Why was Dan Humphrey was the worst character on Gossip Girl?

Recently, it seems like all of our fave childhood shows have been cropping up in the form of reboots. Hearing about a Lizzie McGuire reunion sent fans into a frenzy in October of 2019, but it's the news of Gossip Girl hitting the small screen yet again that's caused the online world to collectively eye roll. Why? One reason is that it's reminding us why the character of Dan Humphrey was the absolute worst. 

Unless you lived under a rock when the original series came to an end, fans were very irate when it was revealed that — series shattering spoiler alert — Dan Humphrey was, in fact, Gossip Girl. Simply put, it wasn't all that plausible. Even Penn Badgley, the actor who played Dan, agreed with the audience. "It wouldn't have made sense for anybody," he laughed as he told People in 2015. "Gossip Girl doesn't make sense!" 

According to Deadline, although the new season will focus on "a new generation of New York private school teens," we're still not over the trauma of how the original series ended. Here's the reason why Dan was the worst character on Gossip Girl.

Dan Humphrey ultimately became the most misogynistic part of Gossip Girl

The reveal in the series finale that Dan Humphrey was Gossip Girl set off a lot of alarming bells among viewers of the show. Flavorwire dubbed it "elitist" and "misogynistic," explaining that although Dan "ruined" his girlfriend's life multiple times, she still managed to succumb to him in what the show deemed a "romantic" ending, through "deceit, defamation, and general creepy stalkerishness." Point taken.

It's something even the series' main stars didn't feel comfortable about. "It always felt a little personally compromising — you want to be putting a better message out there," Serena van der Woodsen actress Blake Lively explained to Allure (via E! News).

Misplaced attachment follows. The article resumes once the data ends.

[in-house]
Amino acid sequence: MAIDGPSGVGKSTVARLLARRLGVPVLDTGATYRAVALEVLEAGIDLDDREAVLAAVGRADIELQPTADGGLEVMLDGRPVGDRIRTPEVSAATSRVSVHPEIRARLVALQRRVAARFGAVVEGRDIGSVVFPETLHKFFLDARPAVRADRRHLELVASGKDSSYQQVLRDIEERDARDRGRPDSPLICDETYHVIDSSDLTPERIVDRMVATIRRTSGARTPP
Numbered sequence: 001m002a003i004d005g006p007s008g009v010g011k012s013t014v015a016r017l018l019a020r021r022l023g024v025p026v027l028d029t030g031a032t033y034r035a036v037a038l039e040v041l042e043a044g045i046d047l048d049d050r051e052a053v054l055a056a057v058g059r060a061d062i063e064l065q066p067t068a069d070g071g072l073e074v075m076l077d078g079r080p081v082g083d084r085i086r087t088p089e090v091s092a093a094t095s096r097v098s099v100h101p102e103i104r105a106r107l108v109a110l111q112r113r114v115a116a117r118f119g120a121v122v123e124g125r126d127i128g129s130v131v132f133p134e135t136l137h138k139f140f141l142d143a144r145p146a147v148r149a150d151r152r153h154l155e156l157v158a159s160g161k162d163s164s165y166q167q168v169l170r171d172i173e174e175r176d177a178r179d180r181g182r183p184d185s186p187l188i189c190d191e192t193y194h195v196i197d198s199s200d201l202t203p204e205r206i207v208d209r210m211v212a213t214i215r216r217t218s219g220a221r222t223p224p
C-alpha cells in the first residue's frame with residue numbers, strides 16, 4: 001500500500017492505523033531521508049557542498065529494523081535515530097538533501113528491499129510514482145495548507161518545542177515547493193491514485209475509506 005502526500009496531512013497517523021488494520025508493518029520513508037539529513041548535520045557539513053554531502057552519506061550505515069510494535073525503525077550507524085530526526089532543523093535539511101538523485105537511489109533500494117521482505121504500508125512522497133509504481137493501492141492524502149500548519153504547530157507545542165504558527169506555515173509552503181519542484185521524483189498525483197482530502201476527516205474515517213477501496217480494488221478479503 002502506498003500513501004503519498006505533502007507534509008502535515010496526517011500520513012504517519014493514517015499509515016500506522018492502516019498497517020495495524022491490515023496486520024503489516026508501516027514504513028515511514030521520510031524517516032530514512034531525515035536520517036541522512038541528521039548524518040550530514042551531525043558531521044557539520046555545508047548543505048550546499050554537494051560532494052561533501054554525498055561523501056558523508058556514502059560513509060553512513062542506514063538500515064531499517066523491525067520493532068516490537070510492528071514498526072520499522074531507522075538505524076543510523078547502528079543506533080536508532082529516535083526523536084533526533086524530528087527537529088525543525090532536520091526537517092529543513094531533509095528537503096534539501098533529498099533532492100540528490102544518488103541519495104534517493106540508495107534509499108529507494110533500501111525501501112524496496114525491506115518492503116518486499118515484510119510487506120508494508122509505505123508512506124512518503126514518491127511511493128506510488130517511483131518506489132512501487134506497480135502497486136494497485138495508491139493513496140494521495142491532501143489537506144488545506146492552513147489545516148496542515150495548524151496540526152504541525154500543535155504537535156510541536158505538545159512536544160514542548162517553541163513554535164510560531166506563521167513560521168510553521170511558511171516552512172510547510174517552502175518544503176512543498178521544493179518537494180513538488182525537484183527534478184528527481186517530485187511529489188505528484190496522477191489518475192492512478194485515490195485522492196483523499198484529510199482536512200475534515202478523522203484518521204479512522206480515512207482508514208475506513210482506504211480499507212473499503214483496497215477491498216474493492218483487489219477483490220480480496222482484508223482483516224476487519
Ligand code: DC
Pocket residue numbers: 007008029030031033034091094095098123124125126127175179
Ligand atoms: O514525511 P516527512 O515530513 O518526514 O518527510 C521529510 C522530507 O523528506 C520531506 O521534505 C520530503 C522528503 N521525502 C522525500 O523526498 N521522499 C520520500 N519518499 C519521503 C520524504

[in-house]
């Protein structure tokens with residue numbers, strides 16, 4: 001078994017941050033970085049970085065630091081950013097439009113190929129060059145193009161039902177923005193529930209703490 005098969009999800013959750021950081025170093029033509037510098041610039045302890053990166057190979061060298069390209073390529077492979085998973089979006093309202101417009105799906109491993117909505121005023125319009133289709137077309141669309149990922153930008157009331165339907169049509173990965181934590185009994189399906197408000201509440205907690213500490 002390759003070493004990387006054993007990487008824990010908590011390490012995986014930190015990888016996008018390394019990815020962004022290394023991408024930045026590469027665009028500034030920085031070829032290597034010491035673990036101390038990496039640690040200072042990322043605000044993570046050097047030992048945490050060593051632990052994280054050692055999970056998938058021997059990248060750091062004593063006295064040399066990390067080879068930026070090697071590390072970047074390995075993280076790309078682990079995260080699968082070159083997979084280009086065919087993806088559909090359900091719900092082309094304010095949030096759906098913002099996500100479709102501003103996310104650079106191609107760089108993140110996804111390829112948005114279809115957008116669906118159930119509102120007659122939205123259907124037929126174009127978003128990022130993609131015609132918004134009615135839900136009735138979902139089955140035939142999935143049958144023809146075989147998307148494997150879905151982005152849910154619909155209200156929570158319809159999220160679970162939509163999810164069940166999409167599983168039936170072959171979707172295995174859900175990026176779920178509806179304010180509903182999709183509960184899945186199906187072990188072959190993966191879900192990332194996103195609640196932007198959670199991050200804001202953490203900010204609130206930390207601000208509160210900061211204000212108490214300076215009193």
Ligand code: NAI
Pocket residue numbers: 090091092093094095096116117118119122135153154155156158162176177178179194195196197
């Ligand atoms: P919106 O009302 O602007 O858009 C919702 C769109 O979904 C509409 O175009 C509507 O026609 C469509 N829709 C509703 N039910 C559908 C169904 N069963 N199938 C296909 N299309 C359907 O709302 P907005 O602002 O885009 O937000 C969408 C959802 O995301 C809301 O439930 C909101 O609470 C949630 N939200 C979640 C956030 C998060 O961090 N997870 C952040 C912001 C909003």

Penn Badgley isn't too keen on his former character, either. "It's just, after a while, you're known as somebody that you're just not, and this is somebody who I so am not," the actor noted to Vulture, calling Dan a "tool" and "judgemental douche bag."

Will the reboot try and change things?

Despite Gossip Girl having ended relatively recently back in 2012, times have certainly changed, and modern audiences don't take too lightly to the male gaze — even if it's fictional. In light of situations such as the Harvey Weinstein scandal, the show will certainly have to focus on being more inclusive, in general.    

This time around, it looks like the team is aware, and ready to do things differently. "There was not a lot of representation the first time around on the show," explained writer and producer Joshua Safan to Vulture in November of 2019. "Even when I went to private school in New York in the '90s, the school didn't necessarily reflect what was on Gossip Girl ...  It is very much dealing with the way the world looks now, where wealth and privilege come from, and how you handle that." 

Here's hoping the writers stay true to their word — and maybe they can keep the Dan Humphreys to a minimum.